Milwaukee police release 2012 crime stats report
From the Milwaukee Police Department:
The crime rate in Milwaukee in 2012 was essentially unchanged from 2011. There were 289 fewer Part 1 crimes1 in Milwaukee in 2012, a decrease of about 1% compared to 2011. A significant drop was recorded in robberies, with a 13% decrease or 446 fewer than the previous year. Reductions were also seen in burglaries (4.3%) and theft (4.5%). Violent crime (homicides, rapes, aggravated assaults, and robberies) has declined 16% over the past six years, while property crime (burglary, theft, auto theft, and arson) has declined 22% since 2007. As previously reported, there were five more homicides in 2012 than in 2011.
Aggravated assaults increased 33% in 2012, and contributing to this increase is a 48% rise in domestic violence related assaults. In 2011, the Milwaukee Police Department’s citywide focus on domestic violence led to a collaborative expansion with the District Attorney’s Office and the Sojourner Family Peace Center. This initiative may have contributed to the increase in domestic violence reporting. In fact, in 2012 the Sojourner Family Peace Center reported 5,602 referrals compared to 4,299 in 2011. Despite the increase in aggravated assaults in 2012, Milwaukee has seen a 16% decrease since 2007.
“A 21 percent decrease in crime in Milwaukee over the past five years shows that our community-based, problem-orientated, and data driven policing strategies are having an impact,” said Chief Edward Flynn. “The recent increases in some categories clearly illustrates that work still needs to be done, but I’m encouraged that greater outreach and collaboration in the area of domestic violence prevention may have increased citizen confidence. It appears that this confidence is leading to more reporting.”
The attached data sheet prepared by the Milwaukee Police Department’s Office of Management, Analysis and Planning offers greater detail and analysis of crime data from Milwaukee, and comparable cities.
The following is a summary of 2007-2012 Part I crime data as defined by FBI Uniform Crime Report (UCR) standards. Included is historical information and comparative statistics that provide context to Part I crime in Milwaukee. In 2012, the City of Milwaukee reported decreases in the following crime categories: Robbery (13.2%); Burglary (4.3%); and Theft (4.6%), and reported increases in Homicide (5.7%); Rape (7.4%); Aggravated Assault (33.1%); Auto Theft (4.7%) and Arson (7.7%). Violent crime overall – homicides, rape, aggravated assaults, and robberies declined by 16.3% over the six years. Similarly, overall property crime which includes burglary, theft, auto theft and arson declined 22.6% over the six years, as illustrated in Table 1.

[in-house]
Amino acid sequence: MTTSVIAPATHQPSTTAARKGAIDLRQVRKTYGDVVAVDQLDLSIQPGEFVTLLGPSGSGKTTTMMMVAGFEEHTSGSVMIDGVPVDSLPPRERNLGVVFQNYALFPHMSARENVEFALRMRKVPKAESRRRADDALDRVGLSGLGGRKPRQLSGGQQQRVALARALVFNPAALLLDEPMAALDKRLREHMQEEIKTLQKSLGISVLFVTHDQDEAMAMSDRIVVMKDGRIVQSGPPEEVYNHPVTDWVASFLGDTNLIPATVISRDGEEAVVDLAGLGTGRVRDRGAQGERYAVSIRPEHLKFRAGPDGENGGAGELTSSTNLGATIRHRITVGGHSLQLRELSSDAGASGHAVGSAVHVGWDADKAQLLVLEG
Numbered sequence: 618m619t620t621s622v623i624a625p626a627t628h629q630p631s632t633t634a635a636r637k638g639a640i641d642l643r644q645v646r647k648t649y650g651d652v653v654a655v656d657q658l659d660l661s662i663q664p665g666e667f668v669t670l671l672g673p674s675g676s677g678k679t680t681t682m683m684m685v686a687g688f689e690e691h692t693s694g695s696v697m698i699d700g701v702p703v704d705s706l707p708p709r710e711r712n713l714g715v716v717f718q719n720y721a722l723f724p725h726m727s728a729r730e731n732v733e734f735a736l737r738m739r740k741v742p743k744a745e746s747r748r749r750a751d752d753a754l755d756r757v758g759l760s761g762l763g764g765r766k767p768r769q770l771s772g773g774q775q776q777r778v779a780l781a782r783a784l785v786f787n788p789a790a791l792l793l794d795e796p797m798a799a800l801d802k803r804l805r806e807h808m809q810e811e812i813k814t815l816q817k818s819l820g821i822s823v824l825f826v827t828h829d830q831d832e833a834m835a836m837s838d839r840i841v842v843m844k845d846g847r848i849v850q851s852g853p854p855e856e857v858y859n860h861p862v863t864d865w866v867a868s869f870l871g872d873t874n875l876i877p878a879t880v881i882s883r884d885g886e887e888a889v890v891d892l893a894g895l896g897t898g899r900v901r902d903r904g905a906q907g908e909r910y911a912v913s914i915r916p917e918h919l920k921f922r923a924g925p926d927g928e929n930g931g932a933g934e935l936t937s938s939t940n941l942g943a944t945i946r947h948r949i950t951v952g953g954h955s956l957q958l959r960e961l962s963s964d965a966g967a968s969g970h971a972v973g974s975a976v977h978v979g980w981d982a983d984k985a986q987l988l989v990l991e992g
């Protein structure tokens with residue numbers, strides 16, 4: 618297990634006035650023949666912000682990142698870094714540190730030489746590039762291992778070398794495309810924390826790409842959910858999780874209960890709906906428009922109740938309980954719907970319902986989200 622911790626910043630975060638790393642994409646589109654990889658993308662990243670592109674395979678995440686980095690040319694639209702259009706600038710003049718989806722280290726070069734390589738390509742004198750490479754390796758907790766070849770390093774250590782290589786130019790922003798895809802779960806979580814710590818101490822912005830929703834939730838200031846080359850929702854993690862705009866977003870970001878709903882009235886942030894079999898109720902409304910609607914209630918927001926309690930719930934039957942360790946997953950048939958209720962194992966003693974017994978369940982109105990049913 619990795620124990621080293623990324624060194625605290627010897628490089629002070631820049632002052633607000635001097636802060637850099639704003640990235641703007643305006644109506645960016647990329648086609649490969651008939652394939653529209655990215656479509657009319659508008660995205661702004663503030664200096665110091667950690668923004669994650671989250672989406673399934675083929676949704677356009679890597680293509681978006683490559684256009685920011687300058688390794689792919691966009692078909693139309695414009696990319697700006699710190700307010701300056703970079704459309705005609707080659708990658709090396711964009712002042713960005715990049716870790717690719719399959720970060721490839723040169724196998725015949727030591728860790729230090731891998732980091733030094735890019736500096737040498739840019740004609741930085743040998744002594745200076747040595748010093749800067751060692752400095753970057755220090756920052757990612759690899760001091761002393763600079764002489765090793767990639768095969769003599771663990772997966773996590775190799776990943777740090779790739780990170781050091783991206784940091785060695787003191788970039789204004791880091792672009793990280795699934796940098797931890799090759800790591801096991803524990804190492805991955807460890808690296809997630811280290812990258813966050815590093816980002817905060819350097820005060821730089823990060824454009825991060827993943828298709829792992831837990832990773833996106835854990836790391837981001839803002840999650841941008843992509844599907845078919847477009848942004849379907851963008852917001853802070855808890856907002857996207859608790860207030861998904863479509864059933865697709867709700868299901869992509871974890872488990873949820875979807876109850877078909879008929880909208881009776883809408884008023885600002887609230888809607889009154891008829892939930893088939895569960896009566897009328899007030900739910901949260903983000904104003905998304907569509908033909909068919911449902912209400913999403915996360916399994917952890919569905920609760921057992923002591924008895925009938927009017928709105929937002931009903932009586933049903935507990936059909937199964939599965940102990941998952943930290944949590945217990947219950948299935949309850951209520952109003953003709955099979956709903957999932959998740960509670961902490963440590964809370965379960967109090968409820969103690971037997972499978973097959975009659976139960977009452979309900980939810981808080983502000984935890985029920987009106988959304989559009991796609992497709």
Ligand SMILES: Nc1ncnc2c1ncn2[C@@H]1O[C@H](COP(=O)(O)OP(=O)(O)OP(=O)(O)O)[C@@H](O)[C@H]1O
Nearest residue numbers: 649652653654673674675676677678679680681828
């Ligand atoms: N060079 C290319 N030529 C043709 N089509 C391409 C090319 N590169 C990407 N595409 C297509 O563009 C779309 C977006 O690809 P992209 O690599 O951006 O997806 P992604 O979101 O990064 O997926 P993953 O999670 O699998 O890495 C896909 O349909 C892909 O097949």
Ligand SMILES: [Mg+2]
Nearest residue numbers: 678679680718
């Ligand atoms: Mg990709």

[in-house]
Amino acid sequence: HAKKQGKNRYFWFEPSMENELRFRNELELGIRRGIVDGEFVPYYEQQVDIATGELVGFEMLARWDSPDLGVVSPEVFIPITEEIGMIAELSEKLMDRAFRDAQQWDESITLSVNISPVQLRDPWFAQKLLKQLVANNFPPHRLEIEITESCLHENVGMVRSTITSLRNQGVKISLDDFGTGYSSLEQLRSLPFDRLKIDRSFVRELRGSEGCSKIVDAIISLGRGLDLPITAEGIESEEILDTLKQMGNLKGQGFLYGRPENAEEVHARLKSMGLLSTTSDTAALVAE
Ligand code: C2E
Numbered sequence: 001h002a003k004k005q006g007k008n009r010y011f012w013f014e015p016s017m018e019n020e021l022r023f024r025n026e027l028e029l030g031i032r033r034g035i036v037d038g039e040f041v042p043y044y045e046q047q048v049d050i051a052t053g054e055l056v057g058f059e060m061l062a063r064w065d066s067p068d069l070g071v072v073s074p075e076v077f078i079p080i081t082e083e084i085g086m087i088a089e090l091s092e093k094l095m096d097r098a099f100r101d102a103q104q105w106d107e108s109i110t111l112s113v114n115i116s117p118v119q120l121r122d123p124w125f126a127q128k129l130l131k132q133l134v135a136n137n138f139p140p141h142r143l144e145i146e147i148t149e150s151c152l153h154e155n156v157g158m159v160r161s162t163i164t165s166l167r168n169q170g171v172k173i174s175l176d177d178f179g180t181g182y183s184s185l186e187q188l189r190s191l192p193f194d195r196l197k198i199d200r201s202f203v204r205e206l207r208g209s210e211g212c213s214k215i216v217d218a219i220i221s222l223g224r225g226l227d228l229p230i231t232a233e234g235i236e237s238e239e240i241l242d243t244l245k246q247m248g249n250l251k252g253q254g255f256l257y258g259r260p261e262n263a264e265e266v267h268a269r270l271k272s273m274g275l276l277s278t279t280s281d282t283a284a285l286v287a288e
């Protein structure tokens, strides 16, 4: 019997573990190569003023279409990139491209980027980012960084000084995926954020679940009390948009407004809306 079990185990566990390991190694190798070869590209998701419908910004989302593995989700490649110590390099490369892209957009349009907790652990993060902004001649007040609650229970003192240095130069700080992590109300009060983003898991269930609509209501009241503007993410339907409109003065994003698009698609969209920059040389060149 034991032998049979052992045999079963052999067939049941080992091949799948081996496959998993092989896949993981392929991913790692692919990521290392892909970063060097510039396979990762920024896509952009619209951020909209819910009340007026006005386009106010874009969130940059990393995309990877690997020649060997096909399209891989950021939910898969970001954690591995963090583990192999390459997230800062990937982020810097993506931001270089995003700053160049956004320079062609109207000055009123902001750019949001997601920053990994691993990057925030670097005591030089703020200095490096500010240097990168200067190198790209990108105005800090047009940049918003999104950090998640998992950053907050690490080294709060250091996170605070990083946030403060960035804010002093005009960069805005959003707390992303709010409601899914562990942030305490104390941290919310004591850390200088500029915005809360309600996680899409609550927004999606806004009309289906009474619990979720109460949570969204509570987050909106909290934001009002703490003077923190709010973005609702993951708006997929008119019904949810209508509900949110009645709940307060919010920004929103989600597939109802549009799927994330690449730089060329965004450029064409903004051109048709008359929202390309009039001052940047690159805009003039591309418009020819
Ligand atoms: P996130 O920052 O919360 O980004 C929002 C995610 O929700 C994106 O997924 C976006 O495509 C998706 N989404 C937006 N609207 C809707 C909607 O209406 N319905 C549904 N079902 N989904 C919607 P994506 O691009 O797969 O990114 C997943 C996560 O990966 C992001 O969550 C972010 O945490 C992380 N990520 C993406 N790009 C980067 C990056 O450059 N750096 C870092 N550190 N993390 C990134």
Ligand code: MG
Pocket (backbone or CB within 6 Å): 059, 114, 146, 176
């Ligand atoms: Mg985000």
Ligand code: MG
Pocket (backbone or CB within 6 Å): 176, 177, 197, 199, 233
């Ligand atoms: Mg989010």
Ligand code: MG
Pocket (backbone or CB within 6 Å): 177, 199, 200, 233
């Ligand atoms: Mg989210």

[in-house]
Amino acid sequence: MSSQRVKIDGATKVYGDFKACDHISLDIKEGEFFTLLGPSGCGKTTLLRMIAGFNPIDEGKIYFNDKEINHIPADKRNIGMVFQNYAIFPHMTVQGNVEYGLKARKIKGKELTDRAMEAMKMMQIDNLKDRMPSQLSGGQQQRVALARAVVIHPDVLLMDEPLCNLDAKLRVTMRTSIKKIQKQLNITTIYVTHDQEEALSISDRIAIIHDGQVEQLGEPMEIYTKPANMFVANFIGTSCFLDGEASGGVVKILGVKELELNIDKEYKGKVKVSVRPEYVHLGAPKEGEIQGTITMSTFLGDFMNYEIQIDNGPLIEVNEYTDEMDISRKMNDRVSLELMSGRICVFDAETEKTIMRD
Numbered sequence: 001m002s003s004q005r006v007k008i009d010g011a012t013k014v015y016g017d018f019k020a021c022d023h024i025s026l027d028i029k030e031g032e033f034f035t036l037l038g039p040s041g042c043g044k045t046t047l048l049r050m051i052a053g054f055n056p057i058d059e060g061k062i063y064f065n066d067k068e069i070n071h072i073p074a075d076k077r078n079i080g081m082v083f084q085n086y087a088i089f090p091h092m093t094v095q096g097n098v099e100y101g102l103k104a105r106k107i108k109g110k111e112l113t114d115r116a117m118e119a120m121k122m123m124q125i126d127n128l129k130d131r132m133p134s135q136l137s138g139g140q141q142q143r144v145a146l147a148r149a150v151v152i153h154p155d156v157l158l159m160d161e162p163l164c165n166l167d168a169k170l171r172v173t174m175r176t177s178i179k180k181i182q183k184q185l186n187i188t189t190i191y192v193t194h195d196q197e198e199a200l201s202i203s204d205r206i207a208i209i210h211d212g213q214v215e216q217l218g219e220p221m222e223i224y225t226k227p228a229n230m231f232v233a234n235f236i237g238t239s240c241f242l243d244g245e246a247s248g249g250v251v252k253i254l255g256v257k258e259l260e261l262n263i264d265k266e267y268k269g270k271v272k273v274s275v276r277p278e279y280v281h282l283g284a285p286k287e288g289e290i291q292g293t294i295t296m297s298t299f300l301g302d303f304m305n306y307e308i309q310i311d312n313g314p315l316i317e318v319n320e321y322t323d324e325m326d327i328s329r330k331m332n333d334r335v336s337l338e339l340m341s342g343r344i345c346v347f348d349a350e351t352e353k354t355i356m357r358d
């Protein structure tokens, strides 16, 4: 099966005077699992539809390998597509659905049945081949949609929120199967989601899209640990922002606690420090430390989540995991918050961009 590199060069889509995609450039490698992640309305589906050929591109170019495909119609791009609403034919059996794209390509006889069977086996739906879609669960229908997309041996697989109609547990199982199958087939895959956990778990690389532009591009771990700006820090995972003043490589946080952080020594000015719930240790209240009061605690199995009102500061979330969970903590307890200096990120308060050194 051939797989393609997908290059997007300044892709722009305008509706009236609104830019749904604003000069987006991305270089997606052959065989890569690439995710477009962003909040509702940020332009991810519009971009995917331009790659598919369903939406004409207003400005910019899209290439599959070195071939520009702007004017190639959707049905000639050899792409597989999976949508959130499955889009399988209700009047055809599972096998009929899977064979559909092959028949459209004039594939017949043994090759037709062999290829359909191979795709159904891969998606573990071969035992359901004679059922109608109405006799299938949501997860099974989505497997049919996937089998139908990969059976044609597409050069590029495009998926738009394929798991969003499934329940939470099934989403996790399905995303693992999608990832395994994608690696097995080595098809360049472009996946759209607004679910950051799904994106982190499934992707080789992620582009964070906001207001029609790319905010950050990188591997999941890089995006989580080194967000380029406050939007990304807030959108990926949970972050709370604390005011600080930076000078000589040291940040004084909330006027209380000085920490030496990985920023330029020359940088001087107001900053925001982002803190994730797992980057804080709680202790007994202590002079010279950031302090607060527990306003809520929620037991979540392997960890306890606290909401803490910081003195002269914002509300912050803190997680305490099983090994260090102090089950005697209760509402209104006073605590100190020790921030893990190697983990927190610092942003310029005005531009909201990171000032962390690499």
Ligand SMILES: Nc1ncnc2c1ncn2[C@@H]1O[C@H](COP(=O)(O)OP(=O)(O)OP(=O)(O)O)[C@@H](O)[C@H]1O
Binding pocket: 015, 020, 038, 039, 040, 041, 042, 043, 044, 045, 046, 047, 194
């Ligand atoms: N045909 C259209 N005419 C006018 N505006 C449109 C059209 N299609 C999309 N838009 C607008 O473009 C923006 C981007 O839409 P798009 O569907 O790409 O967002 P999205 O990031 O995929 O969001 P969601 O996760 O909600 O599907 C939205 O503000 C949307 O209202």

In order to understand the context of the 2012 numbers, Table 2 compares 2012 data to a normal range of expected values, avoiding conclusions based on single year anomalies. As noted below, the report puts data in a broader context through a six-year trend.
Although, the City of Milwaukee is reporting a 5.7% increase in 2012 homicides, comparable cities of similar demographics, populations and poverty rates reported homicide increases between 7% and 29%. In 2012, firearms were used in 73 homicides, accounting for 81% of the total. Male victims accounted for 93% of the homicide victim total and African-Americans represented 81% of homicide victims. The most frequent motive for homicide was an argument or fight (37%), followed by robbery (23%) and drug related (23%) crimes. Since 1990, homicides have declined 42.8% in the City of Milwaukee and decreased 15.7% during the past decade (2002-2012).